Increased expression of the chemokine CCL23 in eosinophilic chronic rhinosinusitis with nasal polyps

Julie A. Poposki, Ashraf Uzzaman, Deepti R. Nagarkar, Regina T. Chustz, Anju T. Peters, Lydia A. Suh, Roderick Carter, James Norton, Kathleen E. Harris, Leslie C. Grammer, Bruce K. Tan, Rakesh K. Chandra, David B. Conley, Robert C. Kern, Robert P. Schleimer, Atsushi Kato*

*Corresponding author for this work

Research output: Contribution to journalArticle

51 Scopus citations

Abstract

Background: Chronic rhinosinusitis (CRS) is a heterogeneous chronic disease characterized by local inflammation of the sinonasal tissues. The pathogenesis of CRS remains controversial, but it has been associated with the accumulation of various immune and inflammatory cells in sinus tissue. Objectives: The objective of this study was to investigate the expression of the chemokine CCL23, which is known to bind to CCR1 and recruit monocytes, macrophages, and dendritic cells, in patients with CRS. Methods: We collected nasal tissue from patients with CRS and control subjects. We assayed mRNA for CCL23 by using real-time PCR and measured CCL23 protein by means of ELISA, immunohistochemistry, and immunofluorescence. Results: CCL23 mRNA levels were significantly increased in nasal polyps (NPs) from patients with CRS with nasal polyps (CRSwNP; P <.05) compared with inferior turbinate and uncinate tissue from patients with CRS or control subjects. CCL23 protein levels were also increased in NPs, although these levels were not statistically significant. Immunohistochemical analysis revealed CCL23 expression in mucosal epithelial cells and inflammatory cells, but accumulation of CCL23+ inflammatory cells occurred only in NPs. Immunofluorescence data showed CCL23 colocalization with eosinophil cationic protein-positive eosinophils. The concentration of CCL23 in NPs positively correlated with the concentration of eosinophil cationic protein, suggesting that eosinophils are major CCL23-producing cells in NPs. Finally, we found that CCL23 protein levels were significantly increased in NPs from patients with CRSwNP with aspirin sensitivity. Conclusion: Overproduction of CCL23 in NPs might contribute to the pathogenesis of eosinophilic CRSwNP through the recruitment of CCR1+ inflammatory cells, including monocytes and macrophages, and the amplification of local inflammation.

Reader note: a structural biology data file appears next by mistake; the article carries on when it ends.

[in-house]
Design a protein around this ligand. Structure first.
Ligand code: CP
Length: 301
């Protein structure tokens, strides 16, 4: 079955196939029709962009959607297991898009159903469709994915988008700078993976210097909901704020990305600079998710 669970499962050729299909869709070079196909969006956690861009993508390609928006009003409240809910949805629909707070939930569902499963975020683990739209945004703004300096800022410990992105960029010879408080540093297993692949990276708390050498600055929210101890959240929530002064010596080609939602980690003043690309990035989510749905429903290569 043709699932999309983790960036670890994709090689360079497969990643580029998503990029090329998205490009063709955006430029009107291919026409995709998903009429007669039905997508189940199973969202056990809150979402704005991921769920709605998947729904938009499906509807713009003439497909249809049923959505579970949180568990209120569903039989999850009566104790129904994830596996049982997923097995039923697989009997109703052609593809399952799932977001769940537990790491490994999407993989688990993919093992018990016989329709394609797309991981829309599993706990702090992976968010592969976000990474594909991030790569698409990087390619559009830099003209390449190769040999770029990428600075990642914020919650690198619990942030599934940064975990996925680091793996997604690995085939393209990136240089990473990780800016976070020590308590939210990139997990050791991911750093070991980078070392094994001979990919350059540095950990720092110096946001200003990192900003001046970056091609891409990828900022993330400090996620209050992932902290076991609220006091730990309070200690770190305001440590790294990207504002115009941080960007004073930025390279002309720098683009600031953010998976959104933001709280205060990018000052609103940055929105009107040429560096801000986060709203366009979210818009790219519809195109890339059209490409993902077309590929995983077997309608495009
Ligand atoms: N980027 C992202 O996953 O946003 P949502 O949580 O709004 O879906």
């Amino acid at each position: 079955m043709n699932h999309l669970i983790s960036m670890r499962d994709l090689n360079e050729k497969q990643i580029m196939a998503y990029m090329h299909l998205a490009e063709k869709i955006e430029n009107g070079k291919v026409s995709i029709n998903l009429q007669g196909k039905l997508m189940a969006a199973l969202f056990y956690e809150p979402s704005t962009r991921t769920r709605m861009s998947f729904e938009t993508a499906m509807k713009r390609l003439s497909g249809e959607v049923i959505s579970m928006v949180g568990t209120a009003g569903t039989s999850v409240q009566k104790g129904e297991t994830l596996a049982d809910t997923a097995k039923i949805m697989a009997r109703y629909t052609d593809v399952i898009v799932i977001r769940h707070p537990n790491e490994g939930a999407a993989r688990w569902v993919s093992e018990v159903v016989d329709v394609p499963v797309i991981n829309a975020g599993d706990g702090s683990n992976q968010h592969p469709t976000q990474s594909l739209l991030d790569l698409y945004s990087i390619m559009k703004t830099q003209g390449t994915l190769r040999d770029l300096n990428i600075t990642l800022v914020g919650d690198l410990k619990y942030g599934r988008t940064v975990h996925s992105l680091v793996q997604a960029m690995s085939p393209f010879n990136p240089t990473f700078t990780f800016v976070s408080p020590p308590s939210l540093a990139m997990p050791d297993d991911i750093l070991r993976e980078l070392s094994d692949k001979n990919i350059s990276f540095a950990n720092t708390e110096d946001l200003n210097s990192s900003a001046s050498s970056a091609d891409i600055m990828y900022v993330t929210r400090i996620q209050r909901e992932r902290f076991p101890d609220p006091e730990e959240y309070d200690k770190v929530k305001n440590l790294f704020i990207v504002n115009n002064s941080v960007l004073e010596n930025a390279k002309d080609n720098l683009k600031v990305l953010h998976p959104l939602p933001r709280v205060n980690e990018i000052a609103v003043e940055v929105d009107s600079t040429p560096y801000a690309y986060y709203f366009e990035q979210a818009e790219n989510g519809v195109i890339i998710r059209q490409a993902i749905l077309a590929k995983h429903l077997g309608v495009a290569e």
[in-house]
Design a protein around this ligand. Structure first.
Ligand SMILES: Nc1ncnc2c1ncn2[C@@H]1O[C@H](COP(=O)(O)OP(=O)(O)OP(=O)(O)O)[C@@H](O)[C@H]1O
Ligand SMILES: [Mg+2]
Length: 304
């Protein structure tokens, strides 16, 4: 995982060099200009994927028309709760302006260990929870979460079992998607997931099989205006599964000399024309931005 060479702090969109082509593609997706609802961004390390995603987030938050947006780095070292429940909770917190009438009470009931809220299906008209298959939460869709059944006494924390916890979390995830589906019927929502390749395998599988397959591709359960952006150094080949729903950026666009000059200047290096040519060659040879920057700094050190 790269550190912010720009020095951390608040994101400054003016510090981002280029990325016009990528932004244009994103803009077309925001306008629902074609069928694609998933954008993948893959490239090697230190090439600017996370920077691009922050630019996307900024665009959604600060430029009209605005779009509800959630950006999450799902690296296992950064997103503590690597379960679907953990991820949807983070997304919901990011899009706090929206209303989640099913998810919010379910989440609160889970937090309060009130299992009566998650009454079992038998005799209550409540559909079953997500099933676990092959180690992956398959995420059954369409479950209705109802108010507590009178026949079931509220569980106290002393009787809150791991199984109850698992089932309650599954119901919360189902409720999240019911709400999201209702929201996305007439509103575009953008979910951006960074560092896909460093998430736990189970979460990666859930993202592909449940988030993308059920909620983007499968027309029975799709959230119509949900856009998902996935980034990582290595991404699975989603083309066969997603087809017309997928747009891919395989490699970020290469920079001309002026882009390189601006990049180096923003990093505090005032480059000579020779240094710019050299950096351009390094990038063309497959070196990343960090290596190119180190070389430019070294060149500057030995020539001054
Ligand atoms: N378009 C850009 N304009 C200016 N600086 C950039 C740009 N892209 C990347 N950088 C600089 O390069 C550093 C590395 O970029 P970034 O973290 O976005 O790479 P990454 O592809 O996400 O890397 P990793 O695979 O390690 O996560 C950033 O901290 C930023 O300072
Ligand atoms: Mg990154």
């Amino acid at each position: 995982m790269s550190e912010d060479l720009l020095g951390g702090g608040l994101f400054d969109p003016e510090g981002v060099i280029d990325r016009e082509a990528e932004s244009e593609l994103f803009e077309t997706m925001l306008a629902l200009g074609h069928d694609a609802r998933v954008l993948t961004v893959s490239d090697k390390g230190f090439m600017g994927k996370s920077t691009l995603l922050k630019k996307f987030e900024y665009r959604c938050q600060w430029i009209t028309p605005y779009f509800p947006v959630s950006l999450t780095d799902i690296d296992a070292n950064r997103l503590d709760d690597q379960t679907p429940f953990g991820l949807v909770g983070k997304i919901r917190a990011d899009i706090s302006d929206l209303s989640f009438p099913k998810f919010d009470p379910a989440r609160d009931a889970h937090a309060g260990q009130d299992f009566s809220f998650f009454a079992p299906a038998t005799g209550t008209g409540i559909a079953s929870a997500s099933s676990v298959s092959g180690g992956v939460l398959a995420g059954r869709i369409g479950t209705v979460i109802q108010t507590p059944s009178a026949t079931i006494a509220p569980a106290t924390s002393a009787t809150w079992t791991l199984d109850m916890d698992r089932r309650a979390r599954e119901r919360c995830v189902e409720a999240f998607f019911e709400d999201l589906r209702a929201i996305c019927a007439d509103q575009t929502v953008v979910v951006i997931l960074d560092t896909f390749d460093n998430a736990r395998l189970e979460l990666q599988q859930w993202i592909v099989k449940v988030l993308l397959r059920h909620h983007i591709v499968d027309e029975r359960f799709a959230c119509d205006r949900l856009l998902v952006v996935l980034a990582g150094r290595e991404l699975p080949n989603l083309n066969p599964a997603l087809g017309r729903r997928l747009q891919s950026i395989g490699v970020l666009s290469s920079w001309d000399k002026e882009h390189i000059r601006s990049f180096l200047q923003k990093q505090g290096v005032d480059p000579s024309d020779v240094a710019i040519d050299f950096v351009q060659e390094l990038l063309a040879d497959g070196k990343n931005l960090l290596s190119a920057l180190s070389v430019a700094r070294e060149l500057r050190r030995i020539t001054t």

Original languageEnglish (US)
Pages (from-to)73-81.e4
JournalJournal of Allergy and Clinical Immunology
Volume128
Issue number1
DOIs
StatePublished - Jul 2011

Keywords

  • CCL23
  • CCR1
  • Chronic rhinosinusitis
  • aspirin sensitivity
  • eosinophils
  • nasal polyps

ASJC Scopus subject areas

  • Immunology and Allergy
  • Immunology

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